Hailing from a difficult childhood, despite the auspices of a loving mother, Zeng's humble beginnings in Wuhan saw him cast in the role of a shy outsider, a child that was never fully understood and therefore socially segregated in a parochial town. As he matured, Zeng found a medium through which to release his grievous experiences by channeling his developing passion for art. His strongest inspiration were the expressionist works of German and Dutch artists such as Willem De Kooning and Max Beckmann, whose rich palette and broad brushstrokes can clearly be mirrored in Zeng's earlier works.
In Diving (1994) (Lot 826) the rendering of human flesh alone is filled with emotion. Strong lines contour the body and define muscles to nearly resemble a study of the human form. The reflection of the light on the undulating water is caught with equal precision. As the diver touches the water a splash can be heard together with the fresh sensation of cool seawater on the body. Zeng already demonstrates in early works such as Diving to possess an unusual depth and maturity for a young artist. And it is evident to see the progression from this period into the Mask series through the blazing colour and rough texture that Zeng continues to use in the portrayal of human flesh. Clearly the exposed emotions of the early works are now concealed, yet visibly and reluctantly dormant, in the Mask series.
A characteristic motif in Zeng's paintings for over seven years, the Mask series first emerged when Zeng moved from Wuhan to Beijing in 1993. In these unfamiliar new surroundings, the creation of the Mask series insulated Zeng and allowed him to identify the kind of 'face' one was expected to show in polite society. The less desirable aspects of his past or character could be concealed; he could become - or, more accurately, he could present - a new person under the guise of a civilized mask. The strong juxtaposition of contrasting elements creates the greatest impact of the Mask series; the tailored bourgeois suits and fitted masks coupled with the engorged hands and glimpses of skinned flesh with exposed sinews create a paradoxical image.
In Mask Series 1997 No.3 (Lot 824) an androgynous figure sits at a table on which he rests his elbows. He holds his head up with one hand reflecting with his body language the pensive mood the facial mask is expressing. If it is rare to encounter figures from the Mask series sitting or communicating emotion through their bodies, it is even more exceptional that the individual's mask mirrors the face that lies beneath. The background, normally plain, here in strong primary colours of red and yellow creating an immediate and strong visual impact, takes on a theatrical setting, indicating the importance of the backdrop to the story. Every element looks modern, perhaps reflecting what the character is thinking so intently about. He seems perplexed by the modernity of his fast-changing country, which accentuates even further, especially in big cities, the loneliness of individuals. Zeng is not poking fun, but rather sympathizing with all those people forced to wear masks.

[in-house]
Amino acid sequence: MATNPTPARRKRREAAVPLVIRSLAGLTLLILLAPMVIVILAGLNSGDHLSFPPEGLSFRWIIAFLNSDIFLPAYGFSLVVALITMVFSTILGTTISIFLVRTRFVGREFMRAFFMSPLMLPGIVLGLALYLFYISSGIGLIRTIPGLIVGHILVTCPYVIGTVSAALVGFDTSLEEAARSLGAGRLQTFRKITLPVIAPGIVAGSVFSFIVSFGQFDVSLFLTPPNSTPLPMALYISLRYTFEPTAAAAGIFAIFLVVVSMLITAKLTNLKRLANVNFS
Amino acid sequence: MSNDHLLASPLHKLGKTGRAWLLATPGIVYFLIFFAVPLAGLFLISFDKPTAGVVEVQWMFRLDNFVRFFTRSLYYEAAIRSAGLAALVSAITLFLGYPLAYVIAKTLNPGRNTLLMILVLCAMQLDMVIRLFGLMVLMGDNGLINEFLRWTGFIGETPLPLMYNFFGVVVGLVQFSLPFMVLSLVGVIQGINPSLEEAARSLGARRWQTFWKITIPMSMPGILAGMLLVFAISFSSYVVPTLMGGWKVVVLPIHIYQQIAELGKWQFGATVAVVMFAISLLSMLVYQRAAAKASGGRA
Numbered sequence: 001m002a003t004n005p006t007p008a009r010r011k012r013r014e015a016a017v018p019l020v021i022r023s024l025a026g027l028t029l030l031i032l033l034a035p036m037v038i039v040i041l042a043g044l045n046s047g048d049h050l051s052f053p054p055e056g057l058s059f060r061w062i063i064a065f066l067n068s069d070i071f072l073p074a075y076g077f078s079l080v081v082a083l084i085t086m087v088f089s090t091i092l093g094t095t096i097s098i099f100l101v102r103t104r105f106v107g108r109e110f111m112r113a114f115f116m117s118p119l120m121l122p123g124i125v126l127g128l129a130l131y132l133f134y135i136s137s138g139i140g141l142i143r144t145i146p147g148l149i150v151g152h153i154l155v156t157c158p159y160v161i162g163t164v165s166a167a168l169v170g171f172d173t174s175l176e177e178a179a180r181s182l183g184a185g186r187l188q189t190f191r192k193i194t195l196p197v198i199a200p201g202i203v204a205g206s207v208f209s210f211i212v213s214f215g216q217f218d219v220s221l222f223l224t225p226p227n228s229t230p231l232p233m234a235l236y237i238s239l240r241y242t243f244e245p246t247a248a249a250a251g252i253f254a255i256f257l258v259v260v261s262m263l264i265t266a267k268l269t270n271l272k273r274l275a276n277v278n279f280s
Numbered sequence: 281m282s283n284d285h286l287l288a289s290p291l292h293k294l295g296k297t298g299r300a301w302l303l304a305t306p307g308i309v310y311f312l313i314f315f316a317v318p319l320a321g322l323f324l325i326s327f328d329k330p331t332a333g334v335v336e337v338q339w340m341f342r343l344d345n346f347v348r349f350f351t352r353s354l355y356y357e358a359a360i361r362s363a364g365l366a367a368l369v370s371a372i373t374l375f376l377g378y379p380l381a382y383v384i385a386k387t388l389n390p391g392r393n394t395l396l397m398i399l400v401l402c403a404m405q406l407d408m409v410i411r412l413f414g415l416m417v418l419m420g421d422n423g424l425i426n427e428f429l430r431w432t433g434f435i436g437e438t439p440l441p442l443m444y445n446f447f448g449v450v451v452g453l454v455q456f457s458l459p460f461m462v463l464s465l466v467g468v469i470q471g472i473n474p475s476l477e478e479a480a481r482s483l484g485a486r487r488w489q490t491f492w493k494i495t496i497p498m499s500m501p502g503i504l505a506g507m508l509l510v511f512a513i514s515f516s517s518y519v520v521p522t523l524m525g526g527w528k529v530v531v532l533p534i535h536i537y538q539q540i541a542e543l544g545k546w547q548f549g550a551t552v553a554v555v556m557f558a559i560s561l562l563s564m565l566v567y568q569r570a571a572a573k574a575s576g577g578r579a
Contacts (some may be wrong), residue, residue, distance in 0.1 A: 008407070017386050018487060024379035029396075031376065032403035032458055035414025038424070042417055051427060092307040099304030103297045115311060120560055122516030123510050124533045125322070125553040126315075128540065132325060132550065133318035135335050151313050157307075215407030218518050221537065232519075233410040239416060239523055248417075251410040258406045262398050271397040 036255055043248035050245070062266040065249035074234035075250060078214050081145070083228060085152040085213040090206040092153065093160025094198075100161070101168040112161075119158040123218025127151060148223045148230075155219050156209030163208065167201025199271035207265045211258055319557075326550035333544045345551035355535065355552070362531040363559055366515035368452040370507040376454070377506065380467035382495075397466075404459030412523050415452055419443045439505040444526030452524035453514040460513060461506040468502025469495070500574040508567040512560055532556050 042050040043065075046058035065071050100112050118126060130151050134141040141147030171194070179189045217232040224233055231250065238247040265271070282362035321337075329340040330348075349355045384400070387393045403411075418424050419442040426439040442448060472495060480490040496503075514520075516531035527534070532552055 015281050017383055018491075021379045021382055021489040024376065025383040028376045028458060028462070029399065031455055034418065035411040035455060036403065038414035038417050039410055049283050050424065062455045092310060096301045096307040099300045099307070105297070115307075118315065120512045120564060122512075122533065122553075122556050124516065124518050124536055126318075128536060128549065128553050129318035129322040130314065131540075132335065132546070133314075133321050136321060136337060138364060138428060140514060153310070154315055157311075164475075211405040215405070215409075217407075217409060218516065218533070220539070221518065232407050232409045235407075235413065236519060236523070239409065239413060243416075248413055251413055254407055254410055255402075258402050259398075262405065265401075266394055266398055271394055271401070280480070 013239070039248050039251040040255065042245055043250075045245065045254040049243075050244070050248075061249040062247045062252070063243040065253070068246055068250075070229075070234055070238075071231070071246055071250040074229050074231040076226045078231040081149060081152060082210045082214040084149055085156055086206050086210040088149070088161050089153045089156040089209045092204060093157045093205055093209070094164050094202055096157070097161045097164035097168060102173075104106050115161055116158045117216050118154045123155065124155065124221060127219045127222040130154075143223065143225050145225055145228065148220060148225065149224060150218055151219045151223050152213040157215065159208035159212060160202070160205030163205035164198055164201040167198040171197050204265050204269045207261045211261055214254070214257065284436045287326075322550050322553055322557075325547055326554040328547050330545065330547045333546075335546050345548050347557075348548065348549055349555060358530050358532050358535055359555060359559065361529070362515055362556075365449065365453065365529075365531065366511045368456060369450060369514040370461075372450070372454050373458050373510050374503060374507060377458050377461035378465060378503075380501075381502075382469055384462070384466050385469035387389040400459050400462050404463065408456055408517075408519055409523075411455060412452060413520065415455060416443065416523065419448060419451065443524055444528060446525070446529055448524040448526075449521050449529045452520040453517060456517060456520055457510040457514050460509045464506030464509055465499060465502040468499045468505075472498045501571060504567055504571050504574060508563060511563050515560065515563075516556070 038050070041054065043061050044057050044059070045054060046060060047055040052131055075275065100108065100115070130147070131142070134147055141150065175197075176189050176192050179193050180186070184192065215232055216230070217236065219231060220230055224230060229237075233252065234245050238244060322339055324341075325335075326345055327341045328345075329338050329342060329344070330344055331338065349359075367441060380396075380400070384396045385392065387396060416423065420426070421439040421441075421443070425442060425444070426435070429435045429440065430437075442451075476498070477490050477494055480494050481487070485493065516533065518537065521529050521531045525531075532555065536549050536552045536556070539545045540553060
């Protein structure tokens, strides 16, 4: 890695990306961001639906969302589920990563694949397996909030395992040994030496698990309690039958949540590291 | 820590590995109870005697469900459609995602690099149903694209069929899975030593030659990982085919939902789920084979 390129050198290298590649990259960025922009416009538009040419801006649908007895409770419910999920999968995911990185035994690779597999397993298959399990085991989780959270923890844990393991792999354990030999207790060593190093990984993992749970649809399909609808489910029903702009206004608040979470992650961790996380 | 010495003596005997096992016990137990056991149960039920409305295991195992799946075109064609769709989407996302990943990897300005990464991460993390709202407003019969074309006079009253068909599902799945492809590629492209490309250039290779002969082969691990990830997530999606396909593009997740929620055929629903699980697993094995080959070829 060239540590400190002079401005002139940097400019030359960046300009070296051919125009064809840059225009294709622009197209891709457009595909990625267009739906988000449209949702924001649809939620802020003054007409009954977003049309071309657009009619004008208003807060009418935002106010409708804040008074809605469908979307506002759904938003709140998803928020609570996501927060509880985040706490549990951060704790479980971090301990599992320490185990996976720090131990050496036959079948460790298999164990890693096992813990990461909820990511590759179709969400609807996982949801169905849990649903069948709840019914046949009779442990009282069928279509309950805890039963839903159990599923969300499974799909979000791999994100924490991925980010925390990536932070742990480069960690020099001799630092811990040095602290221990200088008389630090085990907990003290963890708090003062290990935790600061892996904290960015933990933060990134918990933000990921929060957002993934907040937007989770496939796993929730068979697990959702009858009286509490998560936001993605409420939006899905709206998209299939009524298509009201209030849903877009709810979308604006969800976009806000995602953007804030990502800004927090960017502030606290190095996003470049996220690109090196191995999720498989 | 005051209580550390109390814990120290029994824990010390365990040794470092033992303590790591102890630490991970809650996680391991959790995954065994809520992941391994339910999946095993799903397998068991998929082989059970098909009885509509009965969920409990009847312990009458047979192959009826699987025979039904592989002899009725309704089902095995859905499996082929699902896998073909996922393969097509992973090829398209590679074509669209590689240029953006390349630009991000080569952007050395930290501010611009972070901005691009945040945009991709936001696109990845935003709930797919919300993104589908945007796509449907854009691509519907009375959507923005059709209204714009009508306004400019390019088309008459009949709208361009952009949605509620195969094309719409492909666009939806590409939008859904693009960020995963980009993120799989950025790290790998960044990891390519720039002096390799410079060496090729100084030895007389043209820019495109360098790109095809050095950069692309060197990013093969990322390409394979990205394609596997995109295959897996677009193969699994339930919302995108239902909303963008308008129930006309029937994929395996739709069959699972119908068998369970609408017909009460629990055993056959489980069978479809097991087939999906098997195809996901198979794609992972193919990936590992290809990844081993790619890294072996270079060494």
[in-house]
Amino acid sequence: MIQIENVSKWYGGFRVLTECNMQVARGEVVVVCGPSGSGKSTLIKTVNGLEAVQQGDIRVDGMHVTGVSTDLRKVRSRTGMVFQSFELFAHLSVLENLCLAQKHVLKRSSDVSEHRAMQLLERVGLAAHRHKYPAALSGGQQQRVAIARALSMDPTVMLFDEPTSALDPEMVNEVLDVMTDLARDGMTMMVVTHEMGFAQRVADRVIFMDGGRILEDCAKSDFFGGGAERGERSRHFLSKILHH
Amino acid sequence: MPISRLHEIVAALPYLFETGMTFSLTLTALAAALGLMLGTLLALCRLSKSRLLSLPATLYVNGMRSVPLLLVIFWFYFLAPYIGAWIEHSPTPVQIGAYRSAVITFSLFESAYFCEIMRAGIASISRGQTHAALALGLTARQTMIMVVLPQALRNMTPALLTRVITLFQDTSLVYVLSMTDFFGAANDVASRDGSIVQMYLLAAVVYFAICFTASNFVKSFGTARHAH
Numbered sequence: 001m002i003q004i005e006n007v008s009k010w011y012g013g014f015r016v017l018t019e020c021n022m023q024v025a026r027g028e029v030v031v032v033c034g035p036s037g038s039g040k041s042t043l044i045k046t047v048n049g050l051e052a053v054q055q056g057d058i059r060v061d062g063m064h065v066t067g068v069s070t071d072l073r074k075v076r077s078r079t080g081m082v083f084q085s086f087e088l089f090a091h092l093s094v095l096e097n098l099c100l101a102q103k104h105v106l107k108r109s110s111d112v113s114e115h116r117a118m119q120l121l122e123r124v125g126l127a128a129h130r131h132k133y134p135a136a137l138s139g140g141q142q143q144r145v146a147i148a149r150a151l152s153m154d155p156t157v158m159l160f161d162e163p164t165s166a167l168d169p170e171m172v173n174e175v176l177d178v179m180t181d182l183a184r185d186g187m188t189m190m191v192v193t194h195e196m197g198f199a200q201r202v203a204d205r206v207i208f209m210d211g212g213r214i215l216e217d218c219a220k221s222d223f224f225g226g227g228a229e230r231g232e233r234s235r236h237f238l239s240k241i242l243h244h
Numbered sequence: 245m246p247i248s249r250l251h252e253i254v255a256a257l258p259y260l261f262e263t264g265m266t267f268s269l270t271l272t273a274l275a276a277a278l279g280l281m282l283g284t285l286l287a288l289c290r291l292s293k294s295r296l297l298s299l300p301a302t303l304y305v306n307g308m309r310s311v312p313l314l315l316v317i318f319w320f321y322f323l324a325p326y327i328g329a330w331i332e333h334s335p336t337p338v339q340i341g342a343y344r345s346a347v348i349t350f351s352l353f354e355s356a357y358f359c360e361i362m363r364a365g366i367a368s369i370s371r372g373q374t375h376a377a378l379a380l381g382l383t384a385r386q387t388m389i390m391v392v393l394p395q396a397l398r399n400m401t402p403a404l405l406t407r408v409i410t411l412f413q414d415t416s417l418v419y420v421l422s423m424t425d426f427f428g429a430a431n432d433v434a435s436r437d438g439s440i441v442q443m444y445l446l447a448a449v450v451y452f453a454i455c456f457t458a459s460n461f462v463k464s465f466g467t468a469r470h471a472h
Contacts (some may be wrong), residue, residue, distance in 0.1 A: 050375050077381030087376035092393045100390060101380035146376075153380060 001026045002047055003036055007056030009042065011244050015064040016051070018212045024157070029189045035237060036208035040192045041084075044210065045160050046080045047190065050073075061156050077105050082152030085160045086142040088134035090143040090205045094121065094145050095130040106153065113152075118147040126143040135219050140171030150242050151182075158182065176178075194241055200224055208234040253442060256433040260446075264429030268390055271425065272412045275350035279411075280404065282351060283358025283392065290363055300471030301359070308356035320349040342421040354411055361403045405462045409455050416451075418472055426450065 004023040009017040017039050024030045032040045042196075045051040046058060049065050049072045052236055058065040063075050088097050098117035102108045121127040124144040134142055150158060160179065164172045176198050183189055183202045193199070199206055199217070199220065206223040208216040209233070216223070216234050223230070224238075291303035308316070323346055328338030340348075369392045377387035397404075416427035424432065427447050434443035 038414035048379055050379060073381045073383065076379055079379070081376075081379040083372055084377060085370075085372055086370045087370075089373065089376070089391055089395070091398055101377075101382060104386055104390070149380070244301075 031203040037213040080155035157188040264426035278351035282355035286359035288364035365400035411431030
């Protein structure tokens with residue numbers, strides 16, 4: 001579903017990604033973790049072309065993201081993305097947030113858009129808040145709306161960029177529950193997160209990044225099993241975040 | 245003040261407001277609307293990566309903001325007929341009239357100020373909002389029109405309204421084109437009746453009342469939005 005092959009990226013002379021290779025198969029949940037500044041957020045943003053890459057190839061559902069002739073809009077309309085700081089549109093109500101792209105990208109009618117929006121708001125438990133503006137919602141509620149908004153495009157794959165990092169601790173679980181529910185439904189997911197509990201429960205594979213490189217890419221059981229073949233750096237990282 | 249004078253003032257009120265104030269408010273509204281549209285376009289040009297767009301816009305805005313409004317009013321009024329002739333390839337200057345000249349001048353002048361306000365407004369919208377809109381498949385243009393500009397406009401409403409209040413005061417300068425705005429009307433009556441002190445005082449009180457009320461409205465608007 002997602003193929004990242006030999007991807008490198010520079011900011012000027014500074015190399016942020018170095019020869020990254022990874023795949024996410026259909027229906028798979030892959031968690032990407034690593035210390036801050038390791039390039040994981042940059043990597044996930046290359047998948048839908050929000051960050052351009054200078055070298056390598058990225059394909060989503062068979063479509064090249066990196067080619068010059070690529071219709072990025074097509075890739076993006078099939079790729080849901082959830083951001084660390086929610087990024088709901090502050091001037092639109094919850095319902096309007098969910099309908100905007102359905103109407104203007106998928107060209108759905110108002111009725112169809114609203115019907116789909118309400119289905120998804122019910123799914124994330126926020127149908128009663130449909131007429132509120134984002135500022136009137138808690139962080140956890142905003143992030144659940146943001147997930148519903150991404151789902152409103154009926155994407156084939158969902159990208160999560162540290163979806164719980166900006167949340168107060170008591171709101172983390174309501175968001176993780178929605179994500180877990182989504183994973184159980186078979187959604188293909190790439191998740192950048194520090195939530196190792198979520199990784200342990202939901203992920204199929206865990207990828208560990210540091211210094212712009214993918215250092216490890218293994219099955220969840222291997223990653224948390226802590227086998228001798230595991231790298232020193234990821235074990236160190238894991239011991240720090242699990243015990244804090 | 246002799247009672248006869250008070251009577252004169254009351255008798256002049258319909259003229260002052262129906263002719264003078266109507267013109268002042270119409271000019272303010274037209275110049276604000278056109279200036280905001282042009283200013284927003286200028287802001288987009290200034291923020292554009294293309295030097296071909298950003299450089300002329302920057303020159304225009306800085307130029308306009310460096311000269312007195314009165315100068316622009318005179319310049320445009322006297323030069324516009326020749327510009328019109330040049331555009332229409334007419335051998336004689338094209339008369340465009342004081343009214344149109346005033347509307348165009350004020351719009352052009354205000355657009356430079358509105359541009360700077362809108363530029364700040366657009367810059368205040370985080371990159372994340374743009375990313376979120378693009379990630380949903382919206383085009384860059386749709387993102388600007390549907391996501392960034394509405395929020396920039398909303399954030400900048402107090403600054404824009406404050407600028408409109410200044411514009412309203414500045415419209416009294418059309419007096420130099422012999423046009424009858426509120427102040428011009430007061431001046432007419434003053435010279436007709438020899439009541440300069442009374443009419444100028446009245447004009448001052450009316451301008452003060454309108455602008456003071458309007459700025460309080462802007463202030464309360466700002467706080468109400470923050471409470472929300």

As an artist Zeng has always been strongly impacted by both his emotional and physical surroundings and by the observations of human interaction. The evolution of his works post-Mask series continue to aesthetically and intellectually challenge the viewer, bordering on abstract and breaking the boundary between image and background.
The choice of Andy Warhol (Lot 825) and Handshake - Mao and Kissinger (Lot 827) is not casual. In his new series, Zeng purposely picks iconic images of individuals or events, which he then distorts dressing them with his latest 'mask'. Here Zeng transforms the mask into an abstract form of lines squiggling chaotically throughout the canvas, achieved by using at the same time two brushes of different dimensions. Andy Warhol in particular holds an important message. As the artist who became famous for his repetitive portrayal of celebrities and high-society, turning the artist himself into one of them, he represents what Zeng despises. Warhol wears the ultimate mask; the image is so disturbed that the artist is hardly recognizable; he seems an illusion under the swerving brushstrokes.
In Handshake - Mao and Kissinger Zeng re-creates a famous historical event that rekindled diplomatic relations between China and the United States in the 1970s. Both Mao and Kissinger are equally covered in frantic brushstrokes, which get more intense on the eye level, where the two men's looks meet, as to symbolize the strength of emotions in that moment. Very somber colours such as deep blue, gray and black add solemnity to the handshake.
After concentrating for long periods on figurative work, Zeng feels the need to cleanse his emotions, leaving his mind free to roam on the canvas. Untitiled (Lot 828), painted before Andy Warhol and Handshake - Mao and Kissinger, perfectly exemplifies a stage of complete abstraction. It is a painting of the early phase in this latest style, yet the controlled chaos strikes a perfect balance, in a similar way to the works of Jackson Pollock. Blues and reds take over the canvas, forming a surreal landscape where colors are inverted.
The diverse cultural appeal of Zeng's art stems from his honesty, fragility and beauty in portraying his raw emotions and in expressing his thoughts upon a universally-shared trait; our recurrent human desire to appear other than as we are. His anomalous artworks consistently challenge the conceptual line between western and eastern art, blending western artistic inspiration and paint material with eastern traditions and culture to dialogue the economical, ideological and often painful social transformations of a burgeoning modern China.